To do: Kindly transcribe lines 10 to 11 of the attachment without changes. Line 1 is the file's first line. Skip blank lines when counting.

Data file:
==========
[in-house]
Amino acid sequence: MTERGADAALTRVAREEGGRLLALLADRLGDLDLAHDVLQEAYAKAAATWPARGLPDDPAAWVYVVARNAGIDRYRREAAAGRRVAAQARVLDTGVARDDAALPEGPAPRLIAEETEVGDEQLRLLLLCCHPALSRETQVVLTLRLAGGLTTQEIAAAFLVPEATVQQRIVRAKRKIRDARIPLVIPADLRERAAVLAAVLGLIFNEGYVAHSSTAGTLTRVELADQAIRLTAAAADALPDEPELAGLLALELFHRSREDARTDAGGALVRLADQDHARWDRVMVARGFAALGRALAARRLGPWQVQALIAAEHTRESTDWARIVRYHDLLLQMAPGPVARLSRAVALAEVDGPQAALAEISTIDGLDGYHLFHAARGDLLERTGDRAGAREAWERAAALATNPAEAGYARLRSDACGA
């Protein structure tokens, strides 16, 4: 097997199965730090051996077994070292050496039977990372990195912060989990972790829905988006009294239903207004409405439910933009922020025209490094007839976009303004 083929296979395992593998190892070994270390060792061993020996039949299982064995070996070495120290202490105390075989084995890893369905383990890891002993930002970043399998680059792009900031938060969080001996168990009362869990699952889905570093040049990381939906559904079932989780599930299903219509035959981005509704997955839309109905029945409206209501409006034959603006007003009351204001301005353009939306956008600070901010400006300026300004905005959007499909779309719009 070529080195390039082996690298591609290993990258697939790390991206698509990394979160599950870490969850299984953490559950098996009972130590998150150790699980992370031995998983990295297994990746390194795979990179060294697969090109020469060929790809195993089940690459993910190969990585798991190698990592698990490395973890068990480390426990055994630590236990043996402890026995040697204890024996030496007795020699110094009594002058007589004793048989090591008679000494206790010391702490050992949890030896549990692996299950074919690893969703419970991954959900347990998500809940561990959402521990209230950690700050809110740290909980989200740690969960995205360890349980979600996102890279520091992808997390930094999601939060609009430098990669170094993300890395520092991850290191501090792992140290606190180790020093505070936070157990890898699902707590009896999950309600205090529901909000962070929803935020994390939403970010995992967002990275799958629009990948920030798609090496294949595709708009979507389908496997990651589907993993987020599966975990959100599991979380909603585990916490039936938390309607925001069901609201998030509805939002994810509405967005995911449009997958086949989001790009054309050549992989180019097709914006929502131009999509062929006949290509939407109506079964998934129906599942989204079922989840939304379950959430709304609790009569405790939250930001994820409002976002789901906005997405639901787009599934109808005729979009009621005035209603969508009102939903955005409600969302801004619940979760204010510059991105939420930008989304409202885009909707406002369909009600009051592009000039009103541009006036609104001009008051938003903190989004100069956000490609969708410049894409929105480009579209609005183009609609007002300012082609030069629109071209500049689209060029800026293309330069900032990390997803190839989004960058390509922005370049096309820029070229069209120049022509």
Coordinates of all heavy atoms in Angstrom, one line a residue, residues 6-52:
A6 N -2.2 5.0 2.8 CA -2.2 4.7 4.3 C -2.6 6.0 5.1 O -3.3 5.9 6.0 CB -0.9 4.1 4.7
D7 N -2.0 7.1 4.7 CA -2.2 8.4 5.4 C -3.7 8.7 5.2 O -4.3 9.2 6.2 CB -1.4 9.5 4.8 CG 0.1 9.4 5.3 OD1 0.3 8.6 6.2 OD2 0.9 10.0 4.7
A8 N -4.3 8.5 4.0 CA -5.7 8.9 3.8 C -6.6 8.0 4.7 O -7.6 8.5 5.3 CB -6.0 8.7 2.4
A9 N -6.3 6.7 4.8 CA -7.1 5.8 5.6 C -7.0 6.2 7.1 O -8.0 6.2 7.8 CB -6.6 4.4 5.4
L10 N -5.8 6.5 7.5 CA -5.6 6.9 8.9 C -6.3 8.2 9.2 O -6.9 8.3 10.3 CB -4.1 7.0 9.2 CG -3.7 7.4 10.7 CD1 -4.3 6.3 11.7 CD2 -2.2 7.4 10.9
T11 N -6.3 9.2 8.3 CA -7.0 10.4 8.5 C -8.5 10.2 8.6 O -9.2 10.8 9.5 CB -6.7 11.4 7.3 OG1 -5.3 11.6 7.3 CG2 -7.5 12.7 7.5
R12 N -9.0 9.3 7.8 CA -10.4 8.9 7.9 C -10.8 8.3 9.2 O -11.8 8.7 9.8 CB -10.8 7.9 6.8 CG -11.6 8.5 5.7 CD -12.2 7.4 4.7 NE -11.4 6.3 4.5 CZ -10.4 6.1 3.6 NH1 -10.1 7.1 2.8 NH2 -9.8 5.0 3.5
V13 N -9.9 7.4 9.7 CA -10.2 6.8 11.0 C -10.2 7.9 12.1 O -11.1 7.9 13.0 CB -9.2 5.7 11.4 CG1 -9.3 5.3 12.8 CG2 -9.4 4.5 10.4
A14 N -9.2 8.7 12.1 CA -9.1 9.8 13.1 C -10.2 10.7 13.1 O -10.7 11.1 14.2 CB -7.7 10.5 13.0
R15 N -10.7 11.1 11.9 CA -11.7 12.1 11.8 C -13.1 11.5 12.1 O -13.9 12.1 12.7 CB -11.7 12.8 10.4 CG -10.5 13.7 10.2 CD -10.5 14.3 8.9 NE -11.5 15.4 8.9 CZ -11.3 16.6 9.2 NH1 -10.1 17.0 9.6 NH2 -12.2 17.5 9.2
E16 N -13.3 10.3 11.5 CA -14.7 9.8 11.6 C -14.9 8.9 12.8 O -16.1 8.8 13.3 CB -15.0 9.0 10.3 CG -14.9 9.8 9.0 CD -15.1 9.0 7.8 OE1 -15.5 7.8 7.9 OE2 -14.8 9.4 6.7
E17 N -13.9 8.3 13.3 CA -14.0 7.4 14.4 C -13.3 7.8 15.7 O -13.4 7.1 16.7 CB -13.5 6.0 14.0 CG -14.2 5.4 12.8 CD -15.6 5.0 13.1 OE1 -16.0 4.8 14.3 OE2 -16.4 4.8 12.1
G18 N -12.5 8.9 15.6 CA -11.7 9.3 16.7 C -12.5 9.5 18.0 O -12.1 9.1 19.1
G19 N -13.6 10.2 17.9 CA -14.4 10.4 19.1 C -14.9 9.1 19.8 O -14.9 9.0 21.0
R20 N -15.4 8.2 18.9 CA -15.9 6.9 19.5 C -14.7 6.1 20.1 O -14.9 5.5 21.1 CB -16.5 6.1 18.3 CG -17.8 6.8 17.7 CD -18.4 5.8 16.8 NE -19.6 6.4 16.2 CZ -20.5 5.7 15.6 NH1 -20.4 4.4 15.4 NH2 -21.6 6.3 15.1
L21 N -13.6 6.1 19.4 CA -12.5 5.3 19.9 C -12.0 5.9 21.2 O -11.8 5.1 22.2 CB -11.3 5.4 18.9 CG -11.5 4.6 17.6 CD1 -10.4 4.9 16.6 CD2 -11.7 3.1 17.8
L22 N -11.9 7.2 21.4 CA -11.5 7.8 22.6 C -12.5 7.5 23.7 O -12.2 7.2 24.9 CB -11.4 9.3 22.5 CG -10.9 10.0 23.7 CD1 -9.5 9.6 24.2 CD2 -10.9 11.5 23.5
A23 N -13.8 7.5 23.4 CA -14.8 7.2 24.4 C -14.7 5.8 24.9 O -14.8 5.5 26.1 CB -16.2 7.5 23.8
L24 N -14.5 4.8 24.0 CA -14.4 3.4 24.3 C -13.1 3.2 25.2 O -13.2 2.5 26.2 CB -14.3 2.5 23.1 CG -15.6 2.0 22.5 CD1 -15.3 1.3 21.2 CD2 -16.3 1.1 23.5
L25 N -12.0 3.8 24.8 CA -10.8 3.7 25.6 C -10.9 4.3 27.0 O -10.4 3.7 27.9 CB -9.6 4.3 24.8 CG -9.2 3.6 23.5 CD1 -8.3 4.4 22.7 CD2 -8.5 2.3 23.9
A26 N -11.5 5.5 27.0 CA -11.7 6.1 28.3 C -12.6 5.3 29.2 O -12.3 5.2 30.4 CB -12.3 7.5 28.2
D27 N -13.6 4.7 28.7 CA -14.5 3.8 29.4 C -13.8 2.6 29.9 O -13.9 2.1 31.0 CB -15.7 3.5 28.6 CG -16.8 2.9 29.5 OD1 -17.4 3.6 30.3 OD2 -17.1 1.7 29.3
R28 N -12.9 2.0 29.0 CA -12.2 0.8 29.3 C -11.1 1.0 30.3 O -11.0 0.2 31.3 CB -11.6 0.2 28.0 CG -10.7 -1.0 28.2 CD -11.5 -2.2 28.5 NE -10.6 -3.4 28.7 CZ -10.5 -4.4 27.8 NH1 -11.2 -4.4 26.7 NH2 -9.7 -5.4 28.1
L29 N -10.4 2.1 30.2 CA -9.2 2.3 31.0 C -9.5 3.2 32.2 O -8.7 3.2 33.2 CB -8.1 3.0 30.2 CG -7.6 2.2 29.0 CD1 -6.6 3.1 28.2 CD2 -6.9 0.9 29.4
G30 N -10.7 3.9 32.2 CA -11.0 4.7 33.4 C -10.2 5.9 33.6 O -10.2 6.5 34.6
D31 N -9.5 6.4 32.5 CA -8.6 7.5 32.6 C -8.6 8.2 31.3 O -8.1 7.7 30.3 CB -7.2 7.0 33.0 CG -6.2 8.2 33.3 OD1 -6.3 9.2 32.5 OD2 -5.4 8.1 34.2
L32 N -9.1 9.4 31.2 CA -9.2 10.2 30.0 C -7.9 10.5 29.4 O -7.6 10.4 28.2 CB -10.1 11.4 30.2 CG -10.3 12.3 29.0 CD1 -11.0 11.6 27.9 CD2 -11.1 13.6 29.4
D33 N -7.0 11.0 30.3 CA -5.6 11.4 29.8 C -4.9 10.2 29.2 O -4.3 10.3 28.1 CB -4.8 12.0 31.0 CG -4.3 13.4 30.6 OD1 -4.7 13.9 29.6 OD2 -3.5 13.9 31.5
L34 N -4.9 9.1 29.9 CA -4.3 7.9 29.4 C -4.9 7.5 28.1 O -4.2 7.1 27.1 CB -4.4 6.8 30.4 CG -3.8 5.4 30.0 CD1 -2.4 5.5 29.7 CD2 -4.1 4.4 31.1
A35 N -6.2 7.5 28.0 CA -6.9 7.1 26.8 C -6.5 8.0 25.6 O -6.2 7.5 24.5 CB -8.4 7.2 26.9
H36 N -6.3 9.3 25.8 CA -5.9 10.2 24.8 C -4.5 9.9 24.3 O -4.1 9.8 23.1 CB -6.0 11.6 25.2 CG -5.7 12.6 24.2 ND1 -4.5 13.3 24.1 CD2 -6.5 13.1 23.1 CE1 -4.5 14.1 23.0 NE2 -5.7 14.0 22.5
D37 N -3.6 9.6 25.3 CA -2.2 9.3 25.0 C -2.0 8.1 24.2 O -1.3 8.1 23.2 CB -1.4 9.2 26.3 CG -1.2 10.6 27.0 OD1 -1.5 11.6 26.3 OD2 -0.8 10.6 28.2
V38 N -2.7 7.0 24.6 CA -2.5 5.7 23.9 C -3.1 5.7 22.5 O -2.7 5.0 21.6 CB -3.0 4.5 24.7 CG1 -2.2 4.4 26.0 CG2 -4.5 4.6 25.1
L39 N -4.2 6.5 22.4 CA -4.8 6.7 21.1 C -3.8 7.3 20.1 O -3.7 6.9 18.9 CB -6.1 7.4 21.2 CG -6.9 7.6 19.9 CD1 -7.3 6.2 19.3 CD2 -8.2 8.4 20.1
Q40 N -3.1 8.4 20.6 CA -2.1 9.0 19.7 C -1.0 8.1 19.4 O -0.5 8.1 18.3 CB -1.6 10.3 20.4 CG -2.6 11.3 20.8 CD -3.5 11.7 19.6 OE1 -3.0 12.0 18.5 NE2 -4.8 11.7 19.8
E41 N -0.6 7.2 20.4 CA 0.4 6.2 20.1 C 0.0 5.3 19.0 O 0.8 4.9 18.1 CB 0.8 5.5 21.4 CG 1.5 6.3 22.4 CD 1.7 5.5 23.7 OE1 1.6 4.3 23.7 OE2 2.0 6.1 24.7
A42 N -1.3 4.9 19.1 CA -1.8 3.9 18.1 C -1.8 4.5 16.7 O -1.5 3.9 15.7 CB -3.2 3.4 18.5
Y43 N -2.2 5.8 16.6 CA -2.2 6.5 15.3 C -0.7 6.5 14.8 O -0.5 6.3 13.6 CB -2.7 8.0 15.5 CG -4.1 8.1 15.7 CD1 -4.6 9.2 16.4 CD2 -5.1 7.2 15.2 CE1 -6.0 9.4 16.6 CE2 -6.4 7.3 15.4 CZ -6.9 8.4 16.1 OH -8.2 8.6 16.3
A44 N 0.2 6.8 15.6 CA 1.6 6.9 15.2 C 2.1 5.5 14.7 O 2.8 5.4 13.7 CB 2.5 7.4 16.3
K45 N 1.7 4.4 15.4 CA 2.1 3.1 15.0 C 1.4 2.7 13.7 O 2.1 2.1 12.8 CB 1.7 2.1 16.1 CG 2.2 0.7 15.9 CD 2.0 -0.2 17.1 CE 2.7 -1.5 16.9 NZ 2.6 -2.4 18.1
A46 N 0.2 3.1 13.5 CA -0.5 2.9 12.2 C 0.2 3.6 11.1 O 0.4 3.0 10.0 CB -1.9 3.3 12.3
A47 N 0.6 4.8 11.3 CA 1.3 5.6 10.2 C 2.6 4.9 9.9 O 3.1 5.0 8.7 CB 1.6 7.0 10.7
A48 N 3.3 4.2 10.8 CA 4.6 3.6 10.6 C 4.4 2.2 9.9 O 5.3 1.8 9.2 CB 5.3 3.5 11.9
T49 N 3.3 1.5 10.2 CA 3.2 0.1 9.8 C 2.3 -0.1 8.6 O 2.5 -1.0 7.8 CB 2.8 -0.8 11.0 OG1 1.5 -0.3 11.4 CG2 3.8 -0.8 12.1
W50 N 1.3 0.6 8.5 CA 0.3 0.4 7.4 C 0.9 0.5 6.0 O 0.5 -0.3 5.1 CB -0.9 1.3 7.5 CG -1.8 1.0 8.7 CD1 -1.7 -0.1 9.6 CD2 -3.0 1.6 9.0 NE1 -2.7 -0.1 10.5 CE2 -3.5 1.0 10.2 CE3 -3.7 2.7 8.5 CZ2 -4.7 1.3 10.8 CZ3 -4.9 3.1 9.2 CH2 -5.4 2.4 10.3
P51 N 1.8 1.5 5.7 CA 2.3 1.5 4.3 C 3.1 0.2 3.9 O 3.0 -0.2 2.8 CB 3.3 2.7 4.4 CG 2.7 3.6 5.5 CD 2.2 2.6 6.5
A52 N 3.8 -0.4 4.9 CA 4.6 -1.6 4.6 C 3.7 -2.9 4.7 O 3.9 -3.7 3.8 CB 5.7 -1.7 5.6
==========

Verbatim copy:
T11 N -6.3 9.2 8.3 CA -7.0 10.4 8.5 C -8.5 10.2 8.6 O -9.2 10.8 9.5 CB -6.7 11.4 7.3 OG1 -5.3 11.6 7.3 CG2 -7.5 12.7 7.5
R12 N -9.0 9.3 7.8 CA -10.4 8.9 7.9 C -10.8 8.3 9.2 O -11.8 8.7 9.8 CB -10.8 7.9 6.8 CG -11.6 8.5 5.7 CD -12.2 7.4 4.7 NE -11.4 6.3 4.5 CZ -10.4 6.1 3.6 NH1 -10.1 7.1 2.8 NH2 -9.8 5.0 3.5